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as having been polluted by the blood of human victims. This savage practice appears also to have been enjoined by the very code of Brahma, as may be seen in the Asiatic Researches, as above referred to. The self-devotions so common among this people, tend likewise to confirm the accusation. On these, and the several species of meritorious suicide extracted from the Ayeen Akbery, by Mr. Maurice, see Ind. Antiq. p. 164-166. The same writer asserts (p. 434.) that the Mahometans have exerted themselves, for the abolition of this unnatural usage, both in India and Egypt. This author indeed abounds with proofs, establishing the fact of human sacrifice in Antient India. 7. Of the same horrid nature were the rites of the early Druids, as may be seen in Diod. Sic. (v. 1. pp. 354, 355. ed. Wess.) The Massilian Grove of the Gallic Druids, is described by Lucan, in his Pharsalia, (lib. iii. 400, &c.) in terms that make the reader shudder :- -" that every branch was reeking with human gore,” is almost the least chilling of the poetic horrors, with which he has surrounded this dreadful sanctuary of Druidical superstition. We are informed, that it was the custom of the Gallic Druids, to set up an immense gigantic figure of a wicker man, in the texture of which they entwined above an hundred human victims, and then consumed the whole as an offering to their Gods. For a delineation of this monstrous spectacle, see Clarke's Cæsar, p. 131. fol. ed. 1712. Nor were the Druids of Mona less cruel in their religious ceremonies, than their brethren of Gaul: Tacitus (v. 2. p. 172. ed. Brot.) represents it as their constant usage, to sacrifice to their Gods, the prisoners taken in war: cruore captivo adolere aras, fas habebant. In the Northern nations, these tremendous mysteries were usually buried in the gloom of the thickest woods. In the extended wilds of Arduenna, and the great Hercynian forest particularly, places set apart for this dreadful purpose, abounded.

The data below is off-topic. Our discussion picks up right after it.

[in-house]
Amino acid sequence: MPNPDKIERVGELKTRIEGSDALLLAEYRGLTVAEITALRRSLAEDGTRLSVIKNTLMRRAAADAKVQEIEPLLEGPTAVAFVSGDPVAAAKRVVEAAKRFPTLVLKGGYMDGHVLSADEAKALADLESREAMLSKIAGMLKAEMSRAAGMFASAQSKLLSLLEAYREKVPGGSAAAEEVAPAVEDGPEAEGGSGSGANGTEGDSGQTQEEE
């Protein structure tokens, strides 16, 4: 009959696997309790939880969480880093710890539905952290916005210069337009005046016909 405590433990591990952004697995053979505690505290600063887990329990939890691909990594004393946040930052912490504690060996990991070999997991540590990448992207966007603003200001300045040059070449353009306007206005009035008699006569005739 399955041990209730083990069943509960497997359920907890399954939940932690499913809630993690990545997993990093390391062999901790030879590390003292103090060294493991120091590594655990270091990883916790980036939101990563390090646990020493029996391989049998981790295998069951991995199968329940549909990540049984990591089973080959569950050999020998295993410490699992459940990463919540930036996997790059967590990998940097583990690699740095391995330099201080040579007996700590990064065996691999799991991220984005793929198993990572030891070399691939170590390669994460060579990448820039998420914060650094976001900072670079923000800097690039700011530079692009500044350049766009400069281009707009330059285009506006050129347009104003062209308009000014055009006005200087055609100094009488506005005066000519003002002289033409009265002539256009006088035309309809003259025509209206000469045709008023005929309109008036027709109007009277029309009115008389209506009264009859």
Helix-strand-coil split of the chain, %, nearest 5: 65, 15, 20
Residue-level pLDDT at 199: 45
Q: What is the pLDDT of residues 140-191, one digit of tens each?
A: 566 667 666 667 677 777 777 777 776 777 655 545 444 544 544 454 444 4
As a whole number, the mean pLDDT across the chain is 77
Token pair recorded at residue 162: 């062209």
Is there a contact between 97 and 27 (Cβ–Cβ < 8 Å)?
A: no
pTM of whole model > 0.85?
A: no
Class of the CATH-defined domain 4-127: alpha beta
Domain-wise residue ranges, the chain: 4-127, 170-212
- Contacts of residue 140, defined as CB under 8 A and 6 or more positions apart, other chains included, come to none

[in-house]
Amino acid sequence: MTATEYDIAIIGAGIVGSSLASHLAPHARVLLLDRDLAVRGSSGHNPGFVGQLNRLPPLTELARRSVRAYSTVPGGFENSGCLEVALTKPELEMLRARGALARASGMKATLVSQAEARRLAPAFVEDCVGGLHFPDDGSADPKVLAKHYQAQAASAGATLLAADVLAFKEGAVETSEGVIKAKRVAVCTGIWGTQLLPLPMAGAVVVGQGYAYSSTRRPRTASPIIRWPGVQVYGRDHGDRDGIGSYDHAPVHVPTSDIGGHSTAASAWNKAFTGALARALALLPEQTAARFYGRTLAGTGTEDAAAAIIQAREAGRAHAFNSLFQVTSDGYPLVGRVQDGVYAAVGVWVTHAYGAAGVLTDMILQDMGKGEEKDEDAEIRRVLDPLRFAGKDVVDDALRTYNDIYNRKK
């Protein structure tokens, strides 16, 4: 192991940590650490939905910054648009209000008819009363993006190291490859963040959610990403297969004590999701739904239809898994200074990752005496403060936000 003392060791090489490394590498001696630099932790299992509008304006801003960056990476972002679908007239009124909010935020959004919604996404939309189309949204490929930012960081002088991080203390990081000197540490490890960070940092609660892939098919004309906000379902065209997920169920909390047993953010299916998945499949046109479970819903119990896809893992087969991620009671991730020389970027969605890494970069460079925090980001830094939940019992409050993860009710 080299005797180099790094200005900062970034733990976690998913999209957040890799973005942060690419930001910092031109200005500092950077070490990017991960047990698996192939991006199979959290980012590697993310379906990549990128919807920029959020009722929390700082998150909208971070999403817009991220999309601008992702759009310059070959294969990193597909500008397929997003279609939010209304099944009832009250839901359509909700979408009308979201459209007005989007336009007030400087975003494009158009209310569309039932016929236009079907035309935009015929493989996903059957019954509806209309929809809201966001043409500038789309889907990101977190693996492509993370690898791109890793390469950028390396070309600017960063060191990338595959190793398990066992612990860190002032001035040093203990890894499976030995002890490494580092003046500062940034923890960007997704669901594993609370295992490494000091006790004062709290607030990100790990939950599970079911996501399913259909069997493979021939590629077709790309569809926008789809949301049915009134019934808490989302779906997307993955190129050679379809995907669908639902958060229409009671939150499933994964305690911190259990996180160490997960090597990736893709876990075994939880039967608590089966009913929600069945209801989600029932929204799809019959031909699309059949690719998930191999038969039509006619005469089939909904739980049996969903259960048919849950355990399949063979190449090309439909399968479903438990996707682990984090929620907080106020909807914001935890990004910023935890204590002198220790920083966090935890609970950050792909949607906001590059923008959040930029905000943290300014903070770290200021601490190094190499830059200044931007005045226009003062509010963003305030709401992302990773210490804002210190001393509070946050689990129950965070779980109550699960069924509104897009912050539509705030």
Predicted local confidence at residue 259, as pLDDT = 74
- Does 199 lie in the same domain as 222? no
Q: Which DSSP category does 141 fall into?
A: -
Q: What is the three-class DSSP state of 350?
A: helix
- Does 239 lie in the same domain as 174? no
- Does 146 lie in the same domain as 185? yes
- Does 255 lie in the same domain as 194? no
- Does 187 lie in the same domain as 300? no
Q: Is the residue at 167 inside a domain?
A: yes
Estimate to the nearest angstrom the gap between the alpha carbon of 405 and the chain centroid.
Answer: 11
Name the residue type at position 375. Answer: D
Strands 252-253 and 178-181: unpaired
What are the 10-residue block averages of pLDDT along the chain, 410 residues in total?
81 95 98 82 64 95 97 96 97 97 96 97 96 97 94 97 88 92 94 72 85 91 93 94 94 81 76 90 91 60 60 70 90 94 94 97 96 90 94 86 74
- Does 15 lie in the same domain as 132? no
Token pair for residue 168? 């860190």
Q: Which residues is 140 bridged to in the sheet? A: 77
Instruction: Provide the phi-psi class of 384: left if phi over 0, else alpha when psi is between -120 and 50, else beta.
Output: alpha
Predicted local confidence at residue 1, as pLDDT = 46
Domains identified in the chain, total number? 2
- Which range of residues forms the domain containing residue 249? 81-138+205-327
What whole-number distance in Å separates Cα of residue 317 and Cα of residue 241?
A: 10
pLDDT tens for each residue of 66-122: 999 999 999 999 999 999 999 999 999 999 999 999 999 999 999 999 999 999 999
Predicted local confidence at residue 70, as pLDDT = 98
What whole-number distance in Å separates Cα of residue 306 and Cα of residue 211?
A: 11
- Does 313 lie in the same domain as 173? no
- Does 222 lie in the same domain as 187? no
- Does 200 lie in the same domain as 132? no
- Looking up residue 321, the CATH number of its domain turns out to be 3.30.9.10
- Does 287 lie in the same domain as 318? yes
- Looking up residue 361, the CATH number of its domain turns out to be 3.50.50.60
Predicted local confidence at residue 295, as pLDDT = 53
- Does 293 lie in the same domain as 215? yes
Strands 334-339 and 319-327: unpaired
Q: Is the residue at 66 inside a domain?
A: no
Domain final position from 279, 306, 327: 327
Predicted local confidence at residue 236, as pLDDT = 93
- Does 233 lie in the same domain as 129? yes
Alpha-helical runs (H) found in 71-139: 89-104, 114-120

Phylarchas, as quoted by Porphyry, affirms, that of old, it was a rule with every Grecian state, before they marched against an enemy, to supplicate their Gods by human victims; and accordingly we find human sacrifices attributed to the Thebans, Corinthians, Messenians and Temessenses, by Pausanias; to the Lacedæmonians by Fulgentius, Theodoret and Apollodorus; and to the Athenians by Plutarch, (Themist. p. 262. et Arist. p. 300. ed. Bryan) and it is notorious, that the Athenians, as well as the Massilians, had a custom of sacrificing a man every year, after loading him with dreadful curses,

, that the wrath of the Gods might fall upon

his head, and be turned away from the rest of the citizens—See Suidas on the words Trepufoquece καθαρμα, and φαρμακος.

The practice prevailed also among the Romans, as appears, not only from the devotions so frequent in the early periods of their history, but from the express testimonies of Livy, Plutarch, and Pliny. In the year of Rome 657, we find a law enacted in the Consulship of Lentulus and Crassus, by which it was prohibited: but it appears notwithstanding to have been in existence so late even as in the reign of Trajan; for at this time, three Vestal virgins having been punished for incontinence, the Pontiffs, on consulting the books of the Sibyls to know if a sufficient atonement had been made, and find ing that the offended Deity continued incensed, ordered two men and two women, Greeks and Gauls, to be buried alive. (Univ. Hist. v. xiv. p. 588. ed. Dub.) Porphyry also assures us, that even in his time, a man was every year sacrificed at the shrine of Jupiter Latialis.